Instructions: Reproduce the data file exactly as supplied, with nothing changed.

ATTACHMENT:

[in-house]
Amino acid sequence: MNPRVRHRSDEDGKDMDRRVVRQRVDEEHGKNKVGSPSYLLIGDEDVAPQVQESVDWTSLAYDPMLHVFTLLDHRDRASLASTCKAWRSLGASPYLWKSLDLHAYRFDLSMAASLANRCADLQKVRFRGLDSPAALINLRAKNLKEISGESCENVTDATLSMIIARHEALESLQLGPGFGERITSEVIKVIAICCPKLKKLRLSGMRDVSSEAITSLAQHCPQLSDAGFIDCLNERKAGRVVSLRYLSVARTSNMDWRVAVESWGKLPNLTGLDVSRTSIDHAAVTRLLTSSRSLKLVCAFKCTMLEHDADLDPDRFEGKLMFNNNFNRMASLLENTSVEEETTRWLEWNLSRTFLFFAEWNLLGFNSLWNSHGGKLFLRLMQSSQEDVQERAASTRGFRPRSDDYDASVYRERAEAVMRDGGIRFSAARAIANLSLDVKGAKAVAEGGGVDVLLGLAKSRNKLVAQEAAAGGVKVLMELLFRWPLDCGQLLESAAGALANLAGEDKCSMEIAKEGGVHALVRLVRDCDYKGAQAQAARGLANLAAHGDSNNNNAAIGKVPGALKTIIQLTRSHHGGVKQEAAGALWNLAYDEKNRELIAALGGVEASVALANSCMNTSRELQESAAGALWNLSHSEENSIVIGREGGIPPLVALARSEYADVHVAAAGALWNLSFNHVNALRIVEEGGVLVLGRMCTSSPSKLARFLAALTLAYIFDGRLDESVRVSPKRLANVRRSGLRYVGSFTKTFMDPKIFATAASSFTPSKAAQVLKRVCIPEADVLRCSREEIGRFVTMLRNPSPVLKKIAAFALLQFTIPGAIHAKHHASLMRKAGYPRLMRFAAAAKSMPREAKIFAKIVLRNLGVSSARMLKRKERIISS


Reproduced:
[in-house]
Amino acid sequence: MNPRVRHRSDEDGKDMDRRVVRQRVDEEHGKNKVGSPSYLLIGDEDVAPQVQESVDWTSLAYDPMLHVFTLLDHRDRASLASTCKAWRSLGASPYLWKSLDLHAYRFDLSMAASLANRCADLQKVRFRGLDSPAALINLRAKNLKEISGESCENVTDATLSMIIARHEALESLQLGPGFGERITSEVIKVIAICCPKLKKLRLSGMRDVSSEAITSLAQHCPQLSDAGFIDCLNERKAGRVVSLRYLSVARTSNMDWRVAVESWGKLPNLTGLDVSRTSIDHAAVTRLLTSSRSLKLVCAFKCTMLEHDADLDPDRFEGKLMFNNNFNRMASLLENTSVEEETTRWLEWNLSRTFLFFAEWNLLGFNSLWNSHGGKLFLRLMQSSQEDVQERAASTRGFRPRSDDYDASVYRERAEAVMRDGGIRFSAARAIANLSLDVKGAKAVAEGGGVDVLLGLAKSRNKLVAQEAAAGGVKVLMELLFRWPLDCGQLLESAAGALANLAGEDKCSMEIAKEGGVHALVRLVRDCDYKGAQAQAARGLANLAAHGDSNNNNAAIGKVPGALKTIIQLTRSHHGGVKQEAAGALWNLAYDEKNRELIAALGGVEASVALANSCMNTSRELQESAAGALWNLSHSEENSIVIGREGGIPPLVALARSEYADVHVAAAGALWNLSFNHVNALRIVEEGGVLVLGRMCTSSPSKLARFLAALTLAYIFDGRLDESVRVSPKRLANVRRSGLRYVGSFTKTFMDPKIFATAASSFTPSKAAQVLKRVCIPEADVLRCSREEIGRFVTMLRNPSPVLKKIAAFALLQFTIPGAIHAKHHASLMRKAGYPRLMRFAAAAKSMPREAKIFAKIVLRNLGVSSARMLKRKERIISS